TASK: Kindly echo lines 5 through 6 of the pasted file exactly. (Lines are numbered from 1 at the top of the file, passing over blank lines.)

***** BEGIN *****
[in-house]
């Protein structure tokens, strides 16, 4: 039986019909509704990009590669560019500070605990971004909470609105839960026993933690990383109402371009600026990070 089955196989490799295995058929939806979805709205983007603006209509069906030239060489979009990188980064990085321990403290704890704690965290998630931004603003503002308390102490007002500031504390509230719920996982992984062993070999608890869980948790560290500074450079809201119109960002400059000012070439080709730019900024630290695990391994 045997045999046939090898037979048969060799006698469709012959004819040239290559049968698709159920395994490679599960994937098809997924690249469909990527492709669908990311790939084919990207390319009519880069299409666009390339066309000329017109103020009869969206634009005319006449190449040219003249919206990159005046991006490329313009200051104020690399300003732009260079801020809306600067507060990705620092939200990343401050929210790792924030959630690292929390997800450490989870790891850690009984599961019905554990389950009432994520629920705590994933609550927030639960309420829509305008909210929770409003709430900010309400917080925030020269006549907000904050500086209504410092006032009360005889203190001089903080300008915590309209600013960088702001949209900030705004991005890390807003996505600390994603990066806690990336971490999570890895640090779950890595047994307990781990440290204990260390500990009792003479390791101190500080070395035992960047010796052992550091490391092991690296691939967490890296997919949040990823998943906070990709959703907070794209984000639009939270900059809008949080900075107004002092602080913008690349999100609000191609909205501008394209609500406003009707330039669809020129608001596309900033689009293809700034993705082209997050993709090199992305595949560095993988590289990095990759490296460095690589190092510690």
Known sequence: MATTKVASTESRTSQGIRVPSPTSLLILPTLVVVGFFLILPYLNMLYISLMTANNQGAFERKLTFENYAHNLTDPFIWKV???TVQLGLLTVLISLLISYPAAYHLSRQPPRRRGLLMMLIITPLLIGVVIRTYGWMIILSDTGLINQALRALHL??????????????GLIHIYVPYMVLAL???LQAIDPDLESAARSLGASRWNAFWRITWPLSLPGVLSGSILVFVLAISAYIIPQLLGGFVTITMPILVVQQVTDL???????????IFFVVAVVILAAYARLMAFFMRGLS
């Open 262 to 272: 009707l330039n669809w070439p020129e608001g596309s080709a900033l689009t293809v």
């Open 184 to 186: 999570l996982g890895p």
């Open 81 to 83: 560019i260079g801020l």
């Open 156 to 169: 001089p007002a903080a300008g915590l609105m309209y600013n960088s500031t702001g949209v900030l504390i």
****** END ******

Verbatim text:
């Open 184 to 186: 999570l996982g890895p």
């Open 81 to 83: 560019i260079g801020l």